"As he watches, her body drifts below the water's surface, forever altered. Before he disposes of each victim, he takes a trophy. It's a sign of his power, and a warning…" We're not sure that this novel sounds like the best read out there, but we would never go so far as to demand this fate for the author.
There are many ways to establish text hierarchy – through font, weight, colour, location of text – and sometimes tweaking more than one of these is necessary. In this case, switching from all caps to title case was not enough to prevent an unintended reading of this design, with title placed directly under the author's name. Remember that as a designer, you're not only responsible for how things look but also for their context and how they'll be read.
05. Tesco buttermilk
Perhaps one of the most notorious packaging blunders in history came from this own-brand buttermilk sold by Tesco in Ireland. This shot with crease in the right place went viral and was even picked up by several newspapers after it was taken at a supermarket in Dublin.
Shopper Andy Burdens wrote on Reddit at the time: "They really made a cock and balls of this branding." Tesco changed the design after the media coverage of the blunder. The lesson here? No design is too small or routine to merit making a mockup – designer Oisín Hurst told Creative Bloq he designed the piece on a flat keyline and didn't mock it up, thinking, "it was buttermilk – what could go wrong?"
06. Mama's Baking
Logos often combine ideas taken from a brand's name or function. It makes sense then that this bakery in Greece would consider combining a representation of the eponymous 'mama' and the oven in which she presumably bakes her exquisite cakes and breads. The problem is that the position of the flame in the oven makes it look like something else.
It's hard to imagine the designers weren't aware of how it looked and the design may have paid off, the bakery and cafe still proudly using the logo that has taken it to international internet fame.
In general, designers need to be careful with employing the human figure in logos as so many decisions can be misinterpreted, as is demonstrated very well by this 1970s logo for the Catholic Church Archdiocesan Youth Commission. We can perhaps ascribe it to more naive times. And after all, designers can't be expected to predict all future associations that will emerge related to their clients.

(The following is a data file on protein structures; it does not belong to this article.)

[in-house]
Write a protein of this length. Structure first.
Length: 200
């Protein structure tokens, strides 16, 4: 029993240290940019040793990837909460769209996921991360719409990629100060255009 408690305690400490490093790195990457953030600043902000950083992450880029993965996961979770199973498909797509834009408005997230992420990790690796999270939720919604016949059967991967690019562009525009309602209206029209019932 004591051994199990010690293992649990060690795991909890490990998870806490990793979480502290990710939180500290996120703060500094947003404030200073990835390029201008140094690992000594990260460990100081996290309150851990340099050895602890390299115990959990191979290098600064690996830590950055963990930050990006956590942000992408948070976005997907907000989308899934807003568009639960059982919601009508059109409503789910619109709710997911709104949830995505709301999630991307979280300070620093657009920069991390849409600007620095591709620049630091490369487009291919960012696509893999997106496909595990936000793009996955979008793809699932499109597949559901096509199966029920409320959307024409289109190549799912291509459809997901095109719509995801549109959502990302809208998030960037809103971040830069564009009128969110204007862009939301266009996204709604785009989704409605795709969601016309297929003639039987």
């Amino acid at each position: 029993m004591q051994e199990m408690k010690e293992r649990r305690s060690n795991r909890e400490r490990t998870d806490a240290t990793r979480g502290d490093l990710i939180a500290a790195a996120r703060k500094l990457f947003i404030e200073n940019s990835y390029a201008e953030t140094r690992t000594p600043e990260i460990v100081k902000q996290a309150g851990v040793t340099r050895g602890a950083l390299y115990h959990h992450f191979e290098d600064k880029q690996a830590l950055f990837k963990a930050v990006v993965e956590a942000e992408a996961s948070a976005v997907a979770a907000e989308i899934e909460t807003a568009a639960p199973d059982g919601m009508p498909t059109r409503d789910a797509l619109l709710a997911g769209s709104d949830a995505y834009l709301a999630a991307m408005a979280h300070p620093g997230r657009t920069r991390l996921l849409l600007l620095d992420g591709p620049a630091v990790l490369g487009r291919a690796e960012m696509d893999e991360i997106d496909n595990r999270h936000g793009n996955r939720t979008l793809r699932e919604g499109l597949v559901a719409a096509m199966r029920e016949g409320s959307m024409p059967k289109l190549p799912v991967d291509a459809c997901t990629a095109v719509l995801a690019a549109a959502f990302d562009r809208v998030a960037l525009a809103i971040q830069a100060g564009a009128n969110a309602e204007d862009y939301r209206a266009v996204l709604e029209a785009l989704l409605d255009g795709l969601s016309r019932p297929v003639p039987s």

07. The Coca-Cola bottle creator
The design of marketing campaigns has grown now to encompass a lot more than graphic design. Campaigns often now also include elements of UI and the whole user experience involved in what more interactive initiatives aimed at promoting customer engagement. This kind of marketing has to be well thought through though.
Coca-Cola's custom bottle creator campaign for Pride Month resulted in embarrassment for the company when it turned out the programme would reject certain words from inclusion in the bottles, as well as swear words, the list of banned words seemed to include LGBT, transgender, black lives matter (but not white lives matter) and Palestine.
08. Thomson Reuters' values
Presented without comment. cc Venn Diagram enthusiast @LadyFOHF pic.twitter.com/RjYAUjlJaVAugust 14, 2014
This one was a bit of a clanger for the media conglomerate Thomson Reuters. The idea was presumably to suggest that the concepts on the left are the group's core values, but the image looks like a Venn diagram, a type of diagram used to show logical relations between different sets through overlapping curves. Read this way, the graphic appears to show that there is very little overlap between the values on the left and the comparably minute values of Thomson Reuters.
The Washington Post even picked up on the slip and praised the company for its honesty in the ironic headline, "In refreshing change of pace, company admits it's not innovative." The lesson here is to always step back and consider whether design elements you have chosen for purely aesthetic purposes may resemble any other visual language in common use.